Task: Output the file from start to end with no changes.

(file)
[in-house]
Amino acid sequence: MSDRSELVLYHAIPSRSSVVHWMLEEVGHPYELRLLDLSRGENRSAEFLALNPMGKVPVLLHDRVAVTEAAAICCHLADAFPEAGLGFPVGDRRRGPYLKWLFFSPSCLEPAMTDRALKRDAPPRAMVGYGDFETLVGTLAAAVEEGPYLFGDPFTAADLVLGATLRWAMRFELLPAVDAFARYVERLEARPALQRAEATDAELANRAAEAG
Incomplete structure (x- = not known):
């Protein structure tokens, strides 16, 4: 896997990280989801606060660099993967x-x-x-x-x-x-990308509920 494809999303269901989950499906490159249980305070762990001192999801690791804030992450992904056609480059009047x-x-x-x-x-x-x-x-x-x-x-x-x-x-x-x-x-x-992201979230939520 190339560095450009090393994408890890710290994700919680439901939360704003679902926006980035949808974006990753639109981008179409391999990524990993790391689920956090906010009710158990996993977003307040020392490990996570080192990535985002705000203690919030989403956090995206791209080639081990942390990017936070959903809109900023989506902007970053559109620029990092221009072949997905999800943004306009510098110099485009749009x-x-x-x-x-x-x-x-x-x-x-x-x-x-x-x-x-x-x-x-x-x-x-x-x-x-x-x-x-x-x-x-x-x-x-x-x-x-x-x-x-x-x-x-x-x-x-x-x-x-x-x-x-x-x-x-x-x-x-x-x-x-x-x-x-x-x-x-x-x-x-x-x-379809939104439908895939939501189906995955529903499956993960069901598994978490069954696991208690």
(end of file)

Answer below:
[in-house]
Amino acid sequence: MSDRSELVLYHAIPSRSSVVHWMLEEVGHPYELRLLDLSRGENRSAEFLALNPMGKVPVLLHDRVAVTEAAAICCHLADAFPEAGLGFPVGDRRRGPYLKWLFFSPSCLEPAMTDRALKRDAPPRAMVGYGDFETLVGTLAAAVEEGPYLFGDPFTAADLVLGATLRWAMRFELLPAVDAFARYVERLEARPALQRAEATDAELANRAAEAG
Incomplete structure (x- = not known):
């Protein structure tokens, strides 16, 4: 896997990280989801606060660099993967x-x-x-x-x-x-990308509920 494809999303269901989950499906490159249980305070762990001192999801690791804030992450992904056609480059009047x-x-x-x-x-x-x-x-x-x-x-x-x-x-x-x-x-x-992201979230939520 190339560095450009090393994408890890710290994700919680439901939360704003679902926006980035949808974006990753639109981008179409391999990524990993790391689920956090906010009710158990996993977003307040020392490990996570080192990535985002705000203690919030989403956090995206791209080639081990942390990017936070959903809109900023989506902007970053559109620029990092221009072949997905999800943004306009510098110099485009749009x-x-x-x-x-x-x-x-x-x-x-x-x-x-x-x-x-x-x-x-x-x-x-x-x-x-x-x-x-x-x-x-x-x-x-x-x-x-x-x-x-x-x-x-x-x-x-x-x-x-x-x-x-x-x-x-x-x-x-x-x-x-x-x-x-x-x-x-x-x-x-x-x-379809939104439908895939939501189906995955529903499956993960069901598994978490069954696991208690």